Caring for loved ones with advanced stage cancer

September 21, 2016 Word for Word Media 0Comment

Many cancer patients and their families receive the advice, from their healthcare team, that there is no response to treatment, and that cure or long-term remission is no longer possible. Once this ‘advanced stage’ has been reached, the treatment plan changes from curative to palliative, and the first priority of families is to ensure their loved ones receive the best medical and supportive care, for improved quality of life, for the remaining time they have. The Advanced Illness Benefit, which is offered by Discovery Health Medical Scheme, does just that – offering substantial support and assistance to its members and their loved ones at this advanced stage.

“This unique benefit, available since January 2016, in partnership with the Hospice Palliative Care Association of South Africa, aims to give people with advanced cancer access to holistic palliative care, in the comfort of their homes. The benefit provides personalised care, telephonic support, and pays for services offered by a multi-disciplinary palliative care team,” said Dr Linda Holding, senior clinical specialist.

One of Discovery Health Medical Scheme’s members, Greg, was 61 when his healthcare team let him know they could no longer stop his cancer from spreading. What started as cancer of the oesophagus, had spread to his stomach. Now in the advanced stages of cancer, Greg was still capable of the basic self-care, but he was unable to work or perform other activities.

His wife, Joanne, was his main caregiver at home. Although he tried to remain independent, Greg experienced frequent falls, drowsiness, confusion and accumulation of  fluid in the peritoneal cavity that caused his abdomen to swell. Greg’s doctor was of the opinion that he was much weaker than he wanted to acknowledge, and Joanne needed help with his care to make sure he was kept comfortable and did not sustain any further injuries.

With Greg being registered on the Advanced Illness Benefit that Discovery Health Medical Scheme offers, he had a dedicated care coordinator who kept up to date with his care. The care coordinator activated the benefit for him, after obtaining details from his doctor about his condition. The care coordinator then made contact with Greg and Joanne to let them know of the registration, to give them contact details for any support they needed, and to explain what the benefit pays for. This seemed to bring some relief to Joanne who was caring for Greg on her own.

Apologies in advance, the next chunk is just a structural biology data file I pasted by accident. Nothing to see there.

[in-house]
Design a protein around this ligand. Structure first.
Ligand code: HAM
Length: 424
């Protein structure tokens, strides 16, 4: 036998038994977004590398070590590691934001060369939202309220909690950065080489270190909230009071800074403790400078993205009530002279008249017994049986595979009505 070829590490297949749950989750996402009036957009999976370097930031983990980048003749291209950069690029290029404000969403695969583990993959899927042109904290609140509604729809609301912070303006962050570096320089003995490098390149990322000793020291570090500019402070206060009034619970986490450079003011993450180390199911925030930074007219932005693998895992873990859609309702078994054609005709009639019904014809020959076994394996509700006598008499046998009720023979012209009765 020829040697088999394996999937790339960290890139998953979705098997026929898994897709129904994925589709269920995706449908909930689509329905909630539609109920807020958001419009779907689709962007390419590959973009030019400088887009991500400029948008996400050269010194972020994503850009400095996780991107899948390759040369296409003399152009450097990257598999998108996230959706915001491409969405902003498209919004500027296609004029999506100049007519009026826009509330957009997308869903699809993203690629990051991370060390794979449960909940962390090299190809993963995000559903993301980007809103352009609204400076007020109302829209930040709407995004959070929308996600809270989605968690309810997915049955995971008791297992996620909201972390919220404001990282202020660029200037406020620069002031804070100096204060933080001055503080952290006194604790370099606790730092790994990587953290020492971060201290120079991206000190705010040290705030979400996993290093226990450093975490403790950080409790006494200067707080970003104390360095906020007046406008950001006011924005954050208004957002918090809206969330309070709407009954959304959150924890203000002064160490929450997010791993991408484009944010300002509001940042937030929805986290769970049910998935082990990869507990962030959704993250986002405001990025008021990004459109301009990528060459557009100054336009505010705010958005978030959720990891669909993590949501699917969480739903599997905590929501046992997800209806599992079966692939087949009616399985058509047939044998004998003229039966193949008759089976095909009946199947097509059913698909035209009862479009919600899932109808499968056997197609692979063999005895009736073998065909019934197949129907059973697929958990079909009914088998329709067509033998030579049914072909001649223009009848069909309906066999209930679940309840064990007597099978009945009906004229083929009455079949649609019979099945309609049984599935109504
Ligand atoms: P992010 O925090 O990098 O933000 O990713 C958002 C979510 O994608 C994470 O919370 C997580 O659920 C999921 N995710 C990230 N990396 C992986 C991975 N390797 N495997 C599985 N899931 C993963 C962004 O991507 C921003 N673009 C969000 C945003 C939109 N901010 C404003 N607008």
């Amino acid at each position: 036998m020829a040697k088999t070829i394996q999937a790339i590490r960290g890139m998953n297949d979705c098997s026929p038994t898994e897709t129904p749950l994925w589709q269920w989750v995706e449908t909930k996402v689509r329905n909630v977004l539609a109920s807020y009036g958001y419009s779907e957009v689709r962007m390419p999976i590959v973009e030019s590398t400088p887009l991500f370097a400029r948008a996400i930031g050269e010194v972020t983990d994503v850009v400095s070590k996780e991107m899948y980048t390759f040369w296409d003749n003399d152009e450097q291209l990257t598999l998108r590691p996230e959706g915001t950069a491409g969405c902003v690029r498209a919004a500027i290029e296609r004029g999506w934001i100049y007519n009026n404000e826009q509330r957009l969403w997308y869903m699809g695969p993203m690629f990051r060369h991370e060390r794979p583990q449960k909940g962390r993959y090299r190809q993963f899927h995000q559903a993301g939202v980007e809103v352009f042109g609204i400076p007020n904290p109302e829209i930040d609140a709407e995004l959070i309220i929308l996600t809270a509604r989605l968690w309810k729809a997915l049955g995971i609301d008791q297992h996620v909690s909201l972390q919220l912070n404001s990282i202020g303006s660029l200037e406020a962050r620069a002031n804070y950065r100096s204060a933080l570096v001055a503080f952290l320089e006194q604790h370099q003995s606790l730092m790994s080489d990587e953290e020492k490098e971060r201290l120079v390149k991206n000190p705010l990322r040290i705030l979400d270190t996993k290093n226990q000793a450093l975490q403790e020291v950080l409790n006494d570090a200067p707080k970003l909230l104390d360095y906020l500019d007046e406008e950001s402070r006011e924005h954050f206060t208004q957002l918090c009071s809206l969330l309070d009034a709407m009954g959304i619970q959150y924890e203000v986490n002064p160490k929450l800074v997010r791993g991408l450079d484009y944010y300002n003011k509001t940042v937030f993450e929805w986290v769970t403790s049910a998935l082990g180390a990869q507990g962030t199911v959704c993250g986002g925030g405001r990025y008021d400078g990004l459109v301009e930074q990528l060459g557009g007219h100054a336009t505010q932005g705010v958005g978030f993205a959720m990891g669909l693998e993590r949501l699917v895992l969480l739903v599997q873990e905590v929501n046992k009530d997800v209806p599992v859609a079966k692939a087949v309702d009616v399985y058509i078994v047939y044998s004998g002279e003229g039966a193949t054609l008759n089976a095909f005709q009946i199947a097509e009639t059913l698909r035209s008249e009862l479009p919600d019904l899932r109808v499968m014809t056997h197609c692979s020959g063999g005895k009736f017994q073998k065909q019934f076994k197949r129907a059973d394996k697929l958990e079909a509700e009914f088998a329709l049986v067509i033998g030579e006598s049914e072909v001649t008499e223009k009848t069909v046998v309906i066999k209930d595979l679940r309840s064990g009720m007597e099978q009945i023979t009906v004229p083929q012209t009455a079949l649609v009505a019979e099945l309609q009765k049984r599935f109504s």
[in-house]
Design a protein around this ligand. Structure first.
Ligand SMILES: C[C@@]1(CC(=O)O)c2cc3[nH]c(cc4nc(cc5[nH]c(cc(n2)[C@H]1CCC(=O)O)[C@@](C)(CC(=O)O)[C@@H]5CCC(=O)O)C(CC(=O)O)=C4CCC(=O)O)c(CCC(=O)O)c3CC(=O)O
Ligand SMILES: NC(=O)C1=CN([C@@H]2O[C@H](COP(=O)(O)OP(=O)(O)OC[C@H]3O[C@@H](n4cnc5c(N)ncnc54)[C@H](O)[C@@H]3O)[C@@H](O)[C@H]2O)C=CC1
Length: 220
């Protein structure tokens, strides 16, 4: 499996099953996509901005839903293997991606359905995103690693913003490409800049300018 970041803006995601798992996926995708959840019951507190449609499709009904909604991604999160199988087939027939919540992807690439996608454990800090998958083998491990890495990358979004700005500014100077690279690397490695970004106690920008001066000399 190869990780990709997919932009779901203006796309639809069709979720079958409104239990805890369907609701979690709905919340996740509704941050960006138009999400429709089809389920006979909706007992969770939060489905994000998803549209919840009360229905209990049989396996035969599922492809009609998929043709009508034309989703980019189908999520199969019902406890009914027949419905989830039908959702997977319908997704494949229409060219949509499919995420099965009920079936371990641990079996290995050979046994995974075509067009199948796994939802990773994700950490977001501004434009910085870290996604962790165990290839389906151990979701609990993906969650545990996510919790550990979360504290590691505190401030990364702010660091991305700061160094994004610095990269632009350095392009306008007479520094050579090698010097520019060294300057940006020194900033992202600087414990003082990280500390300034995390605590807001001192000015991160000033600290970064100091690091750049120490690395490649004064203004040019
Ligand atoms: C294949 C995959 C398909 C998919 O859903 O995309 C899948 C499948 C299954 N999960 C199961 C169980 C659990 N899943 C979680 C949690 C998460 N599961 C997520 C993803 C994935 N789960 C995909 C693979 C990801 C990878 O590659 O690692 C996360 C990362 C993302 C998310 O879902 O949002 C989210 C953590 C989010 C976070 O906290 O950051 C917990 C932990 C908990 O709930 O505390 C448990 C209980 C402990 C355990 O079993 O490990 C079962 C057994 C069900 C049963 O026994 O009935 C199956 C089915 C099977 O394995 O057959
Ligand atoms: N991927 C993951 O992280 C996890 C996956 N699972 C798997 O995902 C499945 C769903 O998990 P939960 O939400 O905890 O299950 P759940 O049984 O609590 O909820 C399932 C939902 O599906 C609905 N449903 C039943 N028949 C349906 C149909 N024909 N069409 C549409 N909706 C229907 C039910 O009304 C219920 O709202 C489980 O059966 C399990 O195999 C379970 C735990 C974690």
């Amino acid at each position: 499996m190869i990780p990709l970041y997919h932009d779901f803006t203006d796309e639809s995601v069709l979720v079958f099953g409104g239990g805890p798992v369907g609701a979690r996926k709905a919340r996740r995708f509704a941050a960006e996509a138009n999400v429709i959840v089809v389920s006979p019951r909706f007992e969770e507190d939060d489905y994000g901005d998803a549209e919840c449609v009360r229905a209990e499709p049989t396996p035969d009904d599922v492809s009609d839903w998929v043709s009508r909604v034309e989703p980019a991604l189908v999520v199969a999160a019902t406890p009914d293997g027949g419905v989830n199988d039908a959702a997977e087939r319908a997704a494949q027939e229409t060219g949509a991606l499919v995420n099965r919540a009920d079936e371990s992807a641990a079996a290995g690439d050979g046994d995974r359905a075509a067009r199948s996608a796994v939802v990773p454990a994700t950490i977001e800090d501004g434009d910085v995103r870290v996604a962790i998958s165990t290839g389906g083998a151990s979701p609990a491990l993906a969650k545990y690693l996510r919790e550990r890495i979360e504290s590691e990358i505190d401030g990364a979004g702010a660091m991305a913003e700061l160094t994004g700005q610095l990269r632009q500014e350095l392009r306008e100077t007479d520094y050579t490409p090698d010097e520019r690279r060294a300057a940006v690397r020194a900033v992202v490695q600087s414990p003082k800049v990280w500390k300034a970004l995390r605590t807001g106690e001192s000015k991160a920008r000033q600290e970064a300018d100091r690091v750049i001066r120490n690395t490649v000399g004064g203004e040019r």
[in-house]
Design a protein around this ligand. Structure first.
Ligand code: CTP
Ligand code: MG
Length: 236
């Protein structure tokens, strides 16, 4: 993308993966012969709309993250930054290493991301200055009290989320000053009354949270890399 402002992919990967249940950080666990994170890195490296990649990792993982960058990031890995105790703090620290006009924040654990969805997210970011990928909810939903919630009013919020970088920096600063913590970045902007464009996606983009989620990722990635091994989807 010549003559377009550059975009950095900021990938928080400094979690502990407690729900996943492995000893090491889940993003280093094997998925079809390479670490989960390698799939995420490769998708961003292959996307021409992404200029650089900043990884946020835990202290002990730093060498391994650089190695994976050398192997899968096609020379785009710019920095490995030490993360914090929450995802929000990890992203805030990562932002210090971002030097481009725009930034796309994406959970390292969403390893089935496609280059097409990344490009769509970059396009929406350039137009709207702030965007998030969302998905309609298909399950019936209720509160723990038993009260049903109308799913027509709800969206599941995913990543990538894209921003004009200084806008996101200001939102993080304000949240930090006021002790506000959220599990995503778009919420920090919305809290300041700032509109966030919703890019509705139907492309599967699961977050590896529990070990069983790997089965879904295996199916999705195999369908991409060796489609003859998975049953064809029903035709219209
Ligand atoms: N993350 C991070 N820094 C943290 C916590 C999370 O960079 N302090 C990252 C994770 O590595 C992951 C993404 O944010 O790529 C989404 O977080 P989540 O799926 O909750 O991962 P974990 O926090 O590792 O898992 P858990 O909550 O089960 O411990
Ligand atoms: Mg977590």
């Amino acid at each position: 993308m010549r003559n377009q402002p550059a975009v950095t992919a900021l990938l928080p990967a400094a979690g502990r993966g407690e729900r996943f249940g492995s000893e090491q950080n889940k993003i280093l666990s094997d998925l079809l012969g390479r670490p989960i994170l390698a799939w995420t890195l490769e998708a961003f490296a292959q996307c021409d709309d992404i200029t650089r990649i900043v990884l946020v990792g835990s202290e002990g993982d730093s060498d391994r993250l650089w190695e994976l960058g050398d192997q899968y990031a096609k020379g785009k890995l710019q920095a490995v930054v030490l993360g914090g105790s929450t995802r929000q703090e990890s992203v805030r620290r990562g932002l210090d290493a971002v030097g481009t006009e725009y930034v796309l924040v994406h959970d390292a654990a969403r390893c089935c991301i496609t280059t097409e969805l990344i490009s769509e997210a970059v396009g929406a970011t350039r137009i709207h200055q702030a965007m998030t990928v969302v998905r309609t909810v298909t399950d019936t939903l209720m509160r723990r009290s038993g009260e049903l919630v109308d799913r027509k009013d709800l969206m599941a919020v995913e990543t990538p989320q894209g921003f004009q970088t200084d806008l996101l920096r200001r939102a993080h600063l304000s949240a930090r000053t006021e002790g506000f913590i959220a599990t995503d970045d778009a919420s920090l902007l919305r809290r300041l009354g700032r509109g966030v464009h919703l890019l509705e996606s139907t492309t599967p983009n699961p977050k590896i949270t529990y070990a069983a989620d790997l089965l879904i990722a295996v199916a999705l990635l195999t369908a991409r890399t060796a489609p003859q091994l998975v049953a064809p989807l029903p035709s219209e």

Although Greg was initially reluctant to be referred to his local hospice to assist with his care, he agreed with advice, from his doctor,   to receive home-based visits from the hospice nurses, and his care coordinator also arranged for care workers to help him.

Through the Advanced Illness Benefit, Greg received the care and had the cover he needed during this time. He received help at home, including home nursing, home oxygen and optimal pain management for about a month, and he then passed away peacefully in the in-patient unit of the local hospice.

“We created this benefit to offer patients with advanced cancer optimal palliative care. Family members who support patients also have access to counselling. The response from family members has been overwhelmingly positive. We are pleased that we can offer them extra support at this very difficult time,” said Dr Holding. 

A summary of the Discovery Health Medical Scheme’s Advanced Illness Benefit is as follows:

The benefit offers access to: 

  • A dedicated care coordinator to facilitate claims and care.
  • Counseling services.
  • Home-based medical and nursing care.
  • Medication for pain management and other symptom control.
  • Telephonic support.

The benefit covers: 

Specific healthcare services from a multi-disciplinary palliative care team, according to a specific basket of care and the agreed individual patient care plan.

It is important to note that specific entry criteria apply and patients have to register for this benefit.

*Names changed to protect personal details.

This article was sponsored by Discovery Health.


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